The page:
If you happen to have a small (or shall we say, compact) garden, here are some ideas on how you can make the most out of your garden space and transform it into an outdoor oasis that will look fantastic all year-round.
Follow the ‘less is more’ approach
For most homeowners, a garden is an essential breathing space, a place where you can absorb the fresh outdoors in your own private, secluded area. Unfortunately, if you live in somewhere like London, a large private garden can be regarded as something of a luxury in a city containing some of the costliest real estate on earth.
If your outdoor space is smaller than you would like it to be, try to retain as much usable space as possible. Avoid purchasing too many ornamental features, plants or other objects, as these will clutter your garden and will do little to enhance it.
Focus on precision
Consider lining your garden with thin fern trees or other plants to create a natural frame without taking up any additional recreational space. Evergreens are always a great choice because, as the name would suggest, they do not shed leaves in the autumn and remain colourful throughout the year.
Plan your garden of the future, not the present
If you decide to create new paths along your garden and border them with plants, make sure the paths are wide enough to accommodate the plants at their full size. Consider the time of year when planting new seeds and check that the species are suitable for your local climate.
For example, certain types of palm trees that can tolerate temperatures as low as -8 degrees Celsius will generally be suitable for most coastal communities and city centre locations in the UK, but not for more rural, inland areas like the Midlands or mid Wales, where winter temperatures can sometimes fall below this -8 degrees Celsius.
Make use of angles
Even in compact gardens, you can still admire your outdoor spaces from multiple viewpoints. Try to find space for seating in various areas of the garden so you can appreciate it from different angles. For example, if you are lucky enough to have a south-facing garden, consider adding a bench on the western side so you can capture the morning sun and another on the eastern side to enable you to make the most out of the evening sun.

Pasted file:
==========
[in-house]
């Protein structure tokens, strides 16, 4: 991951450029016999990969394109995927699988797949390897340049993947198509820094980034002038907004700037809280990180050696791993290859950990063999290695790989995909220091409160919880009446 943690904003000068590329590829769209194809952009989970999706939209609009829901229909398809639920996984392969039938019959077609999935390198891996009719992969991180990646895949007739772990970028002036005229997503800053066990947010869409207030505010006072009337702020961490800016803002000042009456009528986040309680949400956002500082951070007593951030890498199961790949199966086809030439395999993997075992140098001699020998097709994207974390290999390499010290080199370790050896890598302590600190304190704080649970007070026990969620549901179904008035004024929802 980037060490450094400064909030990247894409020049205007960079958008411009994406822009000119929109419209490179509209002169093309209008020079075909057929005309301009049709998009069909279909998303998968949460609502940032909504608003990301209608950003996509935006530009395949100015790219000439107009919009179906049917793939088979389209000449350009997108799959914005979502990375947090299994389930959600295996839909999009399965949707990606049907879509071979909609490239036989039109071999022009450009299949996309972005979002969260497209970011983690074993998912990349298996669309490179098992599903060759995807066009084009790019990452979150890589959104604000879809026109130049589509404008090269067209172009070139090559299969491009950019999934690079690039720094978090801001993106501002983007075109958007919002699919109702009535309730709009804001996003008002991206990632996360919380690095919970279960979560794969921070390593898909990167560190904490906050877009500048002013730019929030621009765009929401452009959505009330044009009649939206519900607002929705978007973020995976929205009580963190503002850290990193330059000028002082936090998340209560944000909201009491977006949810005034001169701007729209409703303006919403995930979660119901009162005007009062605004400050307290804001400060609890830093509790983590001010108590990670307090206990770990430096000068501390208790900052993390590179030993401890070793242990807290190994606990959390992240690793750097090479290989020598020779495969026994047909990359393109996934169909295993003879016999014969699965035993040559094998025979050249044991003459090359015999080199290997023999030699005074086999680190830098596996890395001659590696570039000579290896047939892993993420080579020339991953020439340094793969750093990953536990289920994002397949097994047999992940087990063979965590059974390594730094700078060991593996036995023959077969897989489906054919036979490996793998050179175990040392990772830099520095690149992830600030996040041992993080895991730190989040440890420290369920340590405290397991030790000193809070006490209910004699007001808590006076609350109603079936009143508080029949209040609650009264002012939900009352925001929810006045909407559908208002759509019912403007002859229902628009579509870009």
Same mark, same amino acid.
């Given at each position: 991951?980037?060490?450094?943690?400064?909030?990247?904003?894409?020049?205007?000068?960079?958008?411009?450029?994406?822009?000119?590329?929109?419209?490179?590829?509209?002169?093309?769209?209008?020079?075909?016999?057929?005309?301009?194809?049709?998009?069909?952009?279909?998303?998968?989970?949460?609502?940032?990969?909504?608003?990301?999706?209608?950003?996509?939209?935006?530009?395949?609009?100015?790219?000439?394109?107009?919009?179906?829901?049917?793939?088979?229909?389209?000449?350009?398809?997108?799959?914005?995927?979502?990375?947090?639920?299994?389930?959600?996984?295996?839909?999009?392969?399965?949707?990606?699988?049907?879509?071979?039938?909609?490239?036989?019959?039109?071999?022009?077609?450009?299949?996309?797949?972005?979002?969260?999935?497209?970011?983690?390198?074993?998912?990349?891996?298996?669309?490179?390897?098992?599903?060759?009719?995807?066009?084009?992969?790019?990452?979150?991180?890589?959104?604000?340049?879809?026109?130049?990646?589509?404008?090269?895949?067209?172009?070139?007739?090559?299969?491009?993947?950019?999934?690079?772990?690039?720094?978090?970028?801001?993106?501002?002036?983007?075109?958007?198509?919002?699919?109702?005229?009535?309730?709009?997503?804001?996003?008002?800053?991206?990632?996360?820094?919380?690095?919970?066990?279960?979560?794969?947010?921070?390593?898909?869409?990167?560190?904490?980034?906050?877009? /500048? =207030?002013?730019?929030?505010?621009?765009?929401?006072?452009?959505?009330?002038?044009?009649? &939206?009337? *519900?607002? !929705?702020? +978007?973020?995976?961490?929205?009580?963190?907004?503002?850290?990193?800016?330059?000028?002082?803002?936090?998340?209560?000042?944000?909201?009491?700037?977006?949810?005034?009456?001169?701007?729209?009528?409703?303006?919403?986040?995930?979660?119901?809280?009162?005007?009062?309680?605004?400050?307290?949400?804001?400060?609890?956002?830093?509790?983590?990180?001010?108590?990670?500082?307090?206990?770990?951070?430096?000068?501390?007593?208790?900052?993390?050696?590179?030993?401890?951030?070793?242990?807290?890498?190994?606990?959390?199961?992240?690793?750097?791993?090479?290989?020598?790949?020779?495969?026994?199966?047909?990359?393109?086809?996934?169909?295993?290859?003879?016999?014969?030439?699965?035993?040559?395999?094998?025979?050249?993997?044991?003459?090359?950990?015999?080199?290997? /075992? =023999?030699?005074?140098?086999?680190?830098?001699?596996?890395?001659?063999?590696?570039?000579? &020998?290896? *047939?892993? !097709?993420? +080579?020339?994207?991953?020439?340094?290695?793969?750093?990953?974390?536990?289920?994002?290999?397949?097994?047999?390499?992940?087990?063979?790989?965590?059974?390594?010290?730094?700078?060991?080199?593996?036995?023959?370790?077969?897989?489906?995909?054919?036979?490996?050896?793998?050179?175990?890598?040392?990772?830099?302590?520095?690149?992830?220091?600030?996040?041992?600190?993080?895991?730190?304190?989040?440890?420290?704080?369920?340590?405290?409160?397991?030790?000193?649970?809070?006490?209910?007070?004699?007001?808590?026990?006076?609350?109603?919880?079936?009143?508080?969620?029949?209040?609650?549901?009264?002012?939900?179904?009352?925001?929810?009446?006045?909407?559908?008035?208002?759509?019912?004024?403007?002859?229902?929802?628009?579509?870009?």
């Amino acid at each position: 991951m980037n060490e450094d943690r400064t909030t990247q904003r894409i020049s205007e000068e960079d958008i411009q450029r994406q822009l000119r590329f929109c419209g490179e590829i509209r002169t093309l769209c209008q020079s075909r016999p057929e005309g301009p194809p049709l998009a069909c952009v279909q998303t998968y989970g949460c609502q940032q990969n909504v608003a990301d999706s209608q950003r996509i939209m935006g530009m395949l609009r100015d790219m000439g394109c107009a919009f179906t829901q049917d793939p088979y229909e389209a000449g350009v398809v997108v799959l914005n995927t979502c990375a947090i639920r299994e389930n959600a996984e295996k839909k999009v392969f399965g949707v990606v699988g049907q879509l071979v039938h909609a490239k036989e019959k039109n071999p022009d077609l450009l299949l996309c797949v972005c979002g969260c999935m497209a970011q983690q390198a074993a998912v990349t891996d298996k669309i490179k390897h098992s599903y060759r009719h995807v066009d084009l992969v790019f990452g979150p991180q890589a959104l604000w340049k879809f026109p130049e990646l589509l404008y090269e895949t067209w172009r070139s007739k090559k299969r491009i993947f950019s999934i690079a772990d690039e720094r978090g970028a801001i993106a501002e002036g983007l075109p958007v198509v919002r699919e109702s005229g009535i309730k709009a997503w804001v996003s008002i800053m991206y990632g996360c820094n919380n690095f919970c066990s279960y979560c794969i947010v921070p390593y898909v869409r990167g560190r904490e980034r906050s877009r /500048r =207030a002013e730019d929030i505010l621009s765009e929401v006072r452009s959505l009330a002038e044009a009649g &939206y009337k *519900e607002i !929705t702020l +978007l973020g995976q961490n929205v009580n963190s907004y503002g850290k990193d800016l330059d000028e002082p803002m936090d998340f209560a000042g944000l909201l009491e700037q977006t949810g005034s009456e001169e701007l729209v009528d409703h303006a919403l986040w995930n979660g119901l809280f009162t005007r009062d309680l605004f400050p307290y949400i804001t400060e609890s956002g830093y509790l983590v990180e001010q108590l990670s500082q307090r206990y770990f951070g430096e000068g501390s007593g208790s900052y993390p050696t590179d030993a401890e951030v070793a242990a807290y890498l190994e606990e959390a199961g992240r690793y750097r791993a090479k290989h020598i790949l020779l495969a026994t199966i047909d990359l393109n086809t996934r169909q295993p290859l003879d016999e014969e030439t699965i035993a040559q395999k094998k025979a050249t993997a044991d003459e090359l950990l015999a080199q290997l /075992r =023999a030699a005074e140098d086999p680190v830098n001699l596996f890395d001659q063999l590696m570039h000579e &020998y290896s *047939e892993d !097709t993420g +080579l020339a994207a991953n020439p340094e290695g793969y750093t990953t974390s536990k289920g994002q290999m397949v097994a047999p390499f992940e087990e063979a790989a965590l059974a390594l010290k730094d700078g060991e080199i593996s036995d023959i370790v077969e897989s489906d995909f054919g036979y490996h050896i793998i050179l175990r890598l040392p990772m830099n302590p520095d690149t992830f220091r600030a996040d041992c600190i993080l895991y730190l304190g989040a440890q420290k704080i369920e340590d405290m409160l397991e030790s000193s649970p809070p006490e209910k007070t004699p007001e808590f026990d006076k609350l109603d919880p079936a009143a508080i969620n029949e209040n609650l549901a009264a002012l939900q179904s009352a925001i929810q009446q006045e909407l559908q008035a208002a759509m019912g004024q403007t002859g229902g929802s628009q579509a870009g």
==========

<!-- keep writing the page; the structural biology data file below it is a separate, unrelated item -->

Aim for diversity
Using the same plants or colour schemes can create monotonousness and will make your garden look plain and devoid of contrast. Choose plants in a variety of colours to give your garden some energy and vibrancy; this will help distract you from its small size. For example, you could supplement roses with sunflowers on one side and then plant a bed of different coloured tulips on the other to create an ‘explosion’ of colour.
Consider a water feature
While not everyone has the space for a large koi pond, a small water feature such as a mini-fountain or rock pool can become a great focal point for your garden and will be eye-catching. It will also create a natural habitat for local wildlife and provide an important water source for birds.
Find some extra inspiration online, in magazines or on TV
If you’re still looking for some inspiration for your future garden, consider browsing through gardening magazines specifically for small gardens. Some useful programmes to watch include the BBC’s ‘DIY SOS’ or Channel 4’s ‘Grand Designs’, both of which are regularly broadcast on daytime TV.
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Paul King is the founder of King & Co The Tree Nursery Limited which is the largest specialist tree nursery in the UK, based in Rayne Essex